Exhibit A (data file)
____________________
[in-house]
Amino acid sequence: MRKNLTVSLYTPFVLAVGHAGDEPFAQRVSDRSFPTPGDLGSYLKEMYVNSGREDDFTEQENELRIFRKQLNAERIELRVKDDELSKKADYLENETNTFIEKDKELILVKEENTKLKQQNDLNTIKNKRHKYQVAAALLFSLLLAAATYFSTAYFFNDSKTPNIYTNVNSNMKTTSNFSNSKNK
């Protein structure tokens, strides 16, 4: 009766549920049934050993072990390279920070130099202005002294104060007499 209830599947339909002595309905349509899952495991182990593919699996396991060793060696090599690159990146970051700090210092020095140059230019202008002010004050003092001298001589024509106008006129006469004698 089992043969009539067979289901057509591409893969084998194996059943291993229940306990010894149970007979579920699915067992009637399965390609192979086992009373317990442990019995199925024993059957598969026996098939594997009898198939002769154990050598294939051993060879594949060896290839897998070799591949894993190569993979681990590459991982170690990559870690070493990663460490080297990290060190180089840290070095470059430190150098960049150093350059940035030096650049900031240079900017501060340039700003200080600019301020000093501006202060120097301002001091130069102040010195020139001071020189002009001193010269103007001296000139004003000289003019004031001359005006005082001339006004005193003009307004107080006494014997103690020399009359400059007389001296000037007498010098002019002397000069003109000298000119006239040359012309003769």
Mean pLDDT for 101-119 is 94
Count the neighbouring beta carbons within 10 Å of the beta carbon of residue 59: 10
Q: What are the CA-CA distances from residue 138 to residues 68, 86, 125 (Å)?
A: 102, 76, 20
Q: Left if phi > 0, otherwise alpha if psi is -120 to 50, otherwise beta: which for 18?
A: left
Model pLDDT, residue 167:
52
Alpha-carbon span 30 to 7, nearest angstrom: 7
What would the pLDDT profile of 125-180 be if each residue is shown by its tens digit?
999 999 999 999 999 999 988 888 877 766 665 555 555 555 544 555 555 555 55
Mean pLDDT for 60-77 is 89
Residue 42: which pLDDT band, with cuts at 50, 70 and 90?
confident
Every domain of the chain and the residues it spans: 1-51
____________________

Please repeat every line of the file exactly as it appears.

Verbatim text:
[in-house]
Amino acid sequence: MRKNLTVSLYTPFVLAVGHAGDEPFAQRVSDRSFPTPGDLGSYLKEMYVNSGREDDFTEQENELRIFRKQLNAERIELRVKDDELSKKADYLENETNTFIEKDKELILVKEENTKLKQQNDLNTIKNKRHKYQVAAALLFSLLLAAATYFSTAYFFNDSKTPNIYTNVNSNMKTTSNFSNSKNK
């Protein structure tokens, strides 16, 4: 009766549920049934050993072990390279920070130099202005002294104060007499 209830599947339909002595309905349509899952495991182990593919699996396991060793060696090599690159990146970051700090210092020095140059230019202008002010004050003092001298001589024509106008006129006469004698 089992043969009539067979289901057509591409893969084998194996059943291993229940306990010894149970007979579920699915067992009637399965390609192979086992009373317990442990019995199925024993059957598969026996098939594997009898198939002769154990050598294939051993060879594949060896290839897998070799591949894993190569993979681990590459991982170690990559870690070493990663460490080297990290060190180089840290070095470059430190150098960049150093350059940035030096650049900031240079900017501060340039700003200080600019301020000093501006202060120097301002001091130069102040010195020139001071020189002009001193010269103007001296000139004003000289003019004031001359005006005082001339006004005193003009307004107080006494014997103690020399009359400059007389001296000037007498010098002019002397000069003109000298000119006239040359012309003769």
Mean pLDDT for 101-119 is 94
Count the neighbouring beta carbons within 10 Å of the beta carbon of residue 59: 10
Q: What are the CA-CA distances from residue 138 to residues 68, 86, 125 (Å)?
A: 102, 76, 20
Q: Left if phi > 0, otherwise alpha if psi is -120 to 50, otherwise beta: which for 18?
A: left
Model pLDDT, residue 167:
52
Alpha-carbon span 30 to 7, nearest angstrom: 7
What would the pLDDT profile of 125-180 be if each residue is shown by its tens digit?
999 999 999 999 999 999 988 888 877 766 665 555 555 555 544 555 555 555 55
Mean pLDDT for 60-77 is 89
Residue 42: which pLDDT band, with cuts at 50, 70 and 90?
confident
Every domain of the chain and the residues it spans: 1-51